Made from organic cotton and coming in a selection of feminine colours, this is the first time Swedish female prisoners have had their own, sex-specific uniforms to wear.
As Lars Nylén, Director General of the Swedish Prison and Probation Service (Kriminalvården) explained, inmates were previously limited to wearing drab, grey, unisex t-shirts and jogging pants: “They really were awful”.
Students form Beckman design School were set the task to produce a range of hard wearing, easy-care and cheap clothing for prison inmates as part of their second year coursework. “It was a very unusual and special project for us to take on” said Sofia Hulting, Press Officer for Beckmans: “But the pupils really enjoyed doing it”.
As part of the existing in-prison production scheme KrimProd, all of the clothing will be made by inmates. Nylén discussed how this is beneficial for the inmate population: “By giving them work to do, we give them a meaningful day, training and a social environment”.
By manufacturing the items using the prison workforce, Nylén told how the costs of the range were kept low: “As the clothes are made for very little by the inmates themselves. We are able to introduce a new, considerably better uniforms for the women, while spending less than what we do now”.
“The inmates are very easy to motivate; they are not doing it for the government or the guards, they are working for themselves, learning skills which will help them in the outside world”.
The lives of the women prisoners are enhanced not only by the introduction of constructive work and education, but also through wearing the new style garments. As Nylén noted: “Many of the women entering the prison have been involved in drugs and/or prostitution. They are often in bad physical condition. They suffer from very low self-esteem and have been heavily marginalized by society”.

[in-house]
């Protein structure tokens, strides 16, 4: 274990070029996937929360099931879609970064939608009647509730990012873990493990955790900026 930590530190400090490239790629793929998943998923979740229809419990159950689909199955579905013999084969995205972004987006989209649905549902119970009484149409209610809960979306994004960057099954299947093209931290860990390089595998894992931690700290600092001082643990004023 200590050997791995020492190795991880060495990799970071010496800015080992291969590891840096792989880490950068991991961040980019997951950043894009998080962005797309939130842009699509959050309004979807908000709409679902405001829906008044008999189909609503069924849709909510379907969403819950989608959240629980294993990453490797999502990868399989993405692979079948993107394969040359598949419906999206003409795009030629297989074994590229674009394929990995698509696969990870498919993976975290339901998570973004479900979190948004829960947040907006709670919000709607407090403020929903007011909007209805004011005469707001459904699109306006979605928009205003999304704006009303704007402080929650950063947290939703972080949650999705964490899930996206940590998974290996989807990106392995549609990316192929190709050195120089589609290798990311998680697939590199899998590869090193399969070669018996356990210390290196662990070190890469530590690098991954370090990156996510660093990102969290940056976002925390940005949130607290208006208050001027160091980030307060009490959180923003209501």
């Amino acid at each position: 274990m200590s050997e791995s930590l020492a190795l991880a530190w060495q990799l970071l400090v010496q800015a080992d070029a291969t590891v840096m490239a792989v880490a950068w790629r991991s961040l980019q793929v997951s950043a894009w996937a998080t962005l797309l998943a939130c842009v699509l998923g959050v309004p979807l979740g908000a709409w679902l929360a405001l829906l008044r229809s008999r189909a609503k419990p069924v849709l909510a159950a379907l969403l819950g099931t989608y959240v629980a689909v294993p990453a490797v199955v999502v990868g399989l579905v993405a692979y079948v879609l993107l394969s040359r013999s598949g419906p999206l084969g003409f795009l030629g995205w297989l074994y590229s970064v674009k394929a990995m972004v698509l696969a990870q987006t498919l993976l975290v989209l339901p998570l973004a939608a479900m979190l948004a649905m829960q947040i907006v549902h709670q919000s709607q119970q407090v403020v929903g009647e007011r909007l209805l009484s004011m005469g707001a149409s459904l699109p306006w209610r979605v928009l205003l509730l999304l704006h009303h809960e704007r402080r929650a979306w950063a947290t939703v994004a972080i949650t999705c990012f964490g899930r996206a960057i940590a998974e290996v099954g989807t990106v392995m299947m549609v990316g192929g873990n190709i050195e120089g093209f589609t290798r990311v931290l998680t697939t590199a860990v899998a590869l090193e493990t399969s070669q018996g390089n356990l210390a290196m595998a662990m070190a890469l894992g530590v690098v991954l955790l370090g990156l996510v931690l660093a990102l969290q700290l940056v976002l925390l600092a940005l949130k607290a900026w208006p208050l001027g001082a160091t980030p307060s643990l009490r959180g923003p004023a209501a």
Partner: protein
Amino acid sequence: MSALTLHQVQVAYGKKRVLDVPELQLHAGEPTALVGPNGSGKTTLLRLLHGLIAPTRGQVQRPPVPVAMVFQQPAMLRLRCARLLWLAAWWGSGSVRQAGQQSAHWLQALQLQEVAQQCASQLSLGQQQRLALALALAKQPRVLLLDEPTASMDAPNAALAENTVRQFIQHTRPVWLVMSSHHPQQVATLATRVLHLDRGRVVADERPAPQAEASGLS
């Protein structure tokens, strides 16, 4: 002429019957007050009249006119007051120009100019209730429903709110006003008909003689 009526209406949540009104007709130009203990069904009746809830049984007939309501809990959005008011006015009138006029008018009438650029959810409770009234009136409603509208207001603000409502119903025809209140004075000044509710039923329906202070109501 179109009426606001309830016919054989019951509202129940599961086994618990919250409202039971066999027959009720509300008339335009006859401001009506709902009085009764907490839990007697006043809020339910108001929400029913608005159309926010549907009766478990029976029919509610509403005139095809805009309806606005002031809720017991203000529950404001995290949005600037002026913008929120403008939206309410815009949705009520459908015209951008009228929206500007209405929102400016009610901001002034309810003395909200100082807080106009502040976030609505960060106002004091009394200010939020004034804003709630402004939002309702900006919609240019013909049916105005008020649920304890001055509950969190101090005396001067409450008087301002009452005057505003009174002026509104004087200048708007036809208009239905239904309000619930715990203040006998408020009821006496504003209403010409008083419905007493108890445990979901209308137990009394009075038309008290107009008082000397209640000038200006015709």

Instead of the grey, shapeless, unisex uniforms previously enforced, the new outfits are simply tailored and come in a range of sympathetic and attractive colours. The clothes offer subtle detailing which allows the wearer to slightly alter the style of the item.
As a result, it is hoped that the new uniforms will aid inmates suffering from poor body image and self-esteem and help them to express their own individuality in their appearance.
“Used as tools by the men in their lives and frequently trapped in abusive situations including forced prostitution, these inmates need to be given the strength and support to leave criminality and drugs. We need to mentally build them up” explained Nylén.
There is also a practical reason for the flexibility in the design of the pieces, as a large percentage of women enter the prison as drug addicts. Amphetamines are a particularly popular drug in Sweden, a side affect of which is substantial appetite suppression.
“Therefore when the women suddenly stop taking the amphetamines and eat normal, regular meals they inevitably gain weight” said Nylén.
“It was necessary to design clothes that are able to stretch and adapt to weight changes in the women, without reinforcing any physical insecurities”.
“The clothes the women wore before were horrible and did nothing to help how they saw themselves. We realized it was very important to change the clothes these women had to wear”.
“Our inmates need a lot of support to transform their lives and if we can enhance the process through clothes, then that can only be positive”.
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